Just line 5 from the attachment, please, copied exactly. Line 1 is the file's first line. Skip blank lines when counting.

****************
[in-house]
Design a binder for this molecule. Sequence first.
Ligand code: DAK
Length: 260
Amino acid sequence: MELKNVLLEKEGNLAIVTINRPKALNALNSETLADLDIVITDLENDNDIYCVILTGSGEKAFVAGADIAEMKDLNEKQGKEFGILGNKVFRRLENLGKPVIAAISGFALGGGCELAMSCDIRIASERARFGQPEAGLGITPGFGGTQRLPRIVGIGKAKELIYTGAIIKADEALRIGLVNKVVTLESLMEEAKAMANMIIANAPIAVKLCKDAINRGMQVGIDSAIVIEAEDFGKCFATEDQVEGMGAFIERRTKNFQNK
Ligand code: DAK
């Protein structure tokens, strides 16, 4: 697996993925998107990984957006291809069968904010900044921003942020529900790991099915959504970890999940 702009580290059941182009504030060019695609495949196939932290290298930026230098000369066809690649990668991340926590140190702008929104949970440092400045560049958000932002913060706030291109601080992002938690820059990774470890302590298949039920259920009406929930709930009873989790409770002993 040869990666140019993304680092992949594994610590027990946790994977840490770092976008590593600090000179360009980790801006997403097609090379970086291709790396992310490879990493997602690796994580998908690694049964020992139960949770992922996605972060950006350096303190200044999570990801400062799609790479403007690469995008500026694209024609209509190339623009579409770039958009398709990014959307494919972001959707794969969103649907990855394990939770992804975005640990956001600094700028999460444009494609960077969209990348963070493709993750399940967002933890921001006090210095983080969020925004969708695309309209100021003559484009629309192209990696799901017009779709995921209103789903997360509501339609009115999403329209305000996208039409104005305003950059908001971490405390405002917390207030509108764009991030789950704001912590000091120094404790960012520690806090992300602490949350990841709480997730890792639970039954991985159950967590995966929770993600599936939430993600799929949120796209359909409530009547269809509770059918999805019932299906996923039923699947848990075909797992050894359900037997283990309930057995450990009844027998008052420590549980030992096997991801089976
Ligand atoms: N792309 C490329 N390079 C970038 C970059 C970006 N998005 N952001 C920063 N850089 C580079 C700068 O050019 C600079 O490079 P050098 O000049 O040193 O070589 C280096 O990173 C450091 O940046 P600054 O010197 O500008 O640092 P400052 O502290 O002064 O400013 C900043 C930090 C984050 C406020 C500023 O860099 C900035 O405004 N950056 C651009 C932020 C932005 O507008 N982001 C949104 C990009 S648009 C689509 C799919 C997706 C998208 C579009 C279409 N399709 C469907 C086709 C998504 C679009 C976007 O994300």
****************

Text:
Amino acid sequence: MELKNVLLEKEGNLAIVTINRPKALNALNSETLADLDIVITDLENDNDIYCVILTGSGEKAFVAGADIAEMKDLNEKQGKEFGILGNKVFRRLENLGKPVIAAISGFALGGGCELAMSCDIRIASERARFGQPEAGLGITPGFGGTQRLPRIVGIGKAKELIYTGAIIKADEALRIGLVNKVVTLESLMEEAKAMANMIIANAPIAVKLCKDAINRGMQVGIDSAIVIEAEDFGKCFATEDQVEGMGAFIERRTKNFQNK